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304th Virtual Poetry Circle

Welcome to the 304th Virtual Poetry Circle!

Remember, this is just for fun and is not meant to be stressful.

Keep in mind what Molly Peacock’s book suggested.

Look at a line, a stanza, sentences, and images; describe what you like or don’t like; and offer an opinion. If you missed my review of her book, check it out here.

Today’s poem is from Ted Kooser:

Abandoned Farmhouse

He was a big man, says the size of his shoes
on a pile of broken dishes by the house;
a tall man too, says the length of the bed
in an upstairs room; and a good, God-fearing man,
says the Bible with a broken back
on the floor below the window, dusty with sun;
but not a man for farming, say the fields
cluttered with boulders and the leaky barn.

A woman lived with him, says the bedroom wall
papered with lilacs and the kitchen shelves
covered with oilcloth, and they had a child,
says the sandbox made from a tractor tire.
Money was scarce, say the jars of plum preserves
and canned tomatoes sealed in the cellar hole.
And the winters cold, say the rags in the window frames.
It was lonely here, says the narrow country road.

Something went wrong, says the empty house
in the weed-choked yard. Stones in the fields
say he was not a farmer; the still-sealed jars
in the cellar say she left in a nervous haste.
And the child? Its toys are strewn in the yard
like branches after a storm—a rubber cow,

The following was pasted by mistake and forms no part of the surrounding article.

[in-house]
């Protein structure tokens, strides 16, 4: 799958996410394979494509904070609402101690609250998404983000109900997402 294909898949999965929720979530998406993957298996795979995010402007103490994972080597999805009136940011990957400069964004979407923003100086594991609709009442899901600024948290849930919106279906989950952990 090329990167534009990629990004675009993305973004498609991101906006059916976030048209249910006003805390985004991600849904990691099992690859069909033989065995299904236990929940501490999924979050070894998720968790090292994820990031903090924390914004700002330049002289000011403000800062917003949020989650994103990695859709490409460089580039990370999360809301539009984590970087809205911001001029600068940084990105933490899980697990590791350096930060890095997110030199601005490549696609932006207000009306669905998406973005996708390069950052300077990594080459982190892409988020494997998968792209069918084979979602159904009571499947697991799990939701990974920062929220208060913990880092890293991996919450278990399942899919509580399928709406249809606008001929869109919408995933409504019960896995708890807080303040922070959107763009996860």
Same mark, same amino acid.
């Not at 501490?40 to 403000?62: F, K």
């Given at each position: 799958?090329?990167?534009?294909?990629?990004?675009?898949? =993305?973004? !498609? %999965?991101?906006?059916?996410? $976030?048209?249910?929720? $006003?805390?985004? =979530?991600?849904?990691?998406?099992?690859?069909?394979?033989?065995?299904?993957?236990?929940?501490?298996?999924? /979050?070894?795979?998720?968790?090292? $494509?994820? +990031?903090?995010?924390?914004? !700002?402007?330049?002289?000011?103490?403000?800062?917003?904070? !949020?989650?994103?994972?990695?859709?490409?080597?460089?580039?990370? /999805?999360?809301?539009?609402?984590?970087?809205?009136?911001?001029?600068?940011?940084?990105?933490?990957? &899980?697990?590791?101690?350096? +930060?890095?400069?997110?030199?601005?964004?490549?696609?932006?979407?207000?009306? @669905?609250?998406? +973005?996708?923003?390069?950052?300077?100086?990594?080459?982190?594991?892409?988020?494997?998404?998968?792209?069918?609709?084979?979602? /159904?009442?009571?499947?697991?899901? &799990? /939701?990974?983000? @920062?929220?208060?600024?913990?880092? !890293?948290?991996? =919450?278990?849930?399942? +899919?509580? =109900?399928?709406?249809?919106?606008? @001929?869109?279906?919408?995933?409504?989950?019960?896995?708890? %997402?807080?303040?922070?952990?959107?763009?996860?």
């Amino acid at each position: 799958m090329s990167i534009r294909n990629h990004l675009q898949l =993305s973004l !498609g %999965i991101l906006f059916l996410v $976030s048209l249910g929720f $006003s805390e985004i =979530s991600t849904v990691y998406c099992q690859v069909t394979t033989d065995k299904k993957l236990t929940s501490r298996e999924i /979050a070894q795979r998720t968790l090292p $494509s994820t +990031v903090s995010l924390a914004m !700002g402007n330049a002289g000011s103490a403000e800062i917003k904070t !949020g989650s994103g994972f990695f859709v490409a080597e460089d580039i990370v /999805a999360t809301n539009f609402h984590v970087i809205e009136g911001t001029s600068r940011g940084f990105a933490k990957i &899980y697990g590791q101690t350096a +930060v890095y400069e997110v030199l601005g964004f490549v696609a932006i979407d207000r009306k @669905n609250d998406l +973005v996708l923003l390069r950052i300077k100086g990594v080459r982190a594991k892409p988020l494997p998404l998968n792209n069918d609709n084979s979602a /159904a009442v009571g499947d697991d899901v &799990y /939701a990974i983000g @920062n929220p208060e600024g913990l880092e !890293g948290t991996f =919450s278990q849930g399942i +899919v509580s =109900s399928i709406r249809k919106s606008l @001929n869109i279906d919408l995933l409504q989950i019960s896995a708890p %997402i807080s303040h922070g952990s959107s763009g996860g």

a rusty tractor with a broken plow,
a doll in overalls. Something went wrong, they say.

What do you think?

228th Virtual Poetry Circle

Welcome to the 228th Virtual Poetry Circle!

Remember, this is just for fun and is not meant to be stressful.

Keep in mind what Molly Peacock’s books suggested. Look at a line, a stanza, sentences, and images; describe what you like or don’t like; and offer an opinion. If you missed my review of her book, check it out here.

Also, sign up for the 2013 Dive Into Poetry Challenge because its simple; you only need to read 1 book of poetry. Check out the stops on the 2013 National Poetry Month Blog Tour and the 2012 National Poetry Month Blog Tour.

Today’s poem is from Ted Kooser for my friend, Anna at Diary of an Eccentric:

A Happy Birthday

This evening, I sat by an open window
and read till the light was gone and the book
was no more than a part of the darkness.
I could easily have switched on a lamp,
but I wanted to ride this day down into night,
to sit alone and smooth the unreadable page
with the pale gray ghost of my hand.

What do you think?

Guest Post: Author Beth Hoffman Shares Her Favorite Poem by Ted Kooser

Today, I’ve got a real treat.  Not only is one of my new favorite authors — Beth Hoffman, author of Saving CeeCee Honeycutt — visiting today, but she’s also sharing her love of a poem written by one of my favorite poets — Ted Kooser, a former U.S. Poet Laureate (2004 – 2006).

I adore both of these writers immensely, and I’m so glad that today for National Poetry Month, they’ll be sharing the same space.  Without further ado, please give Beth a warm welcome.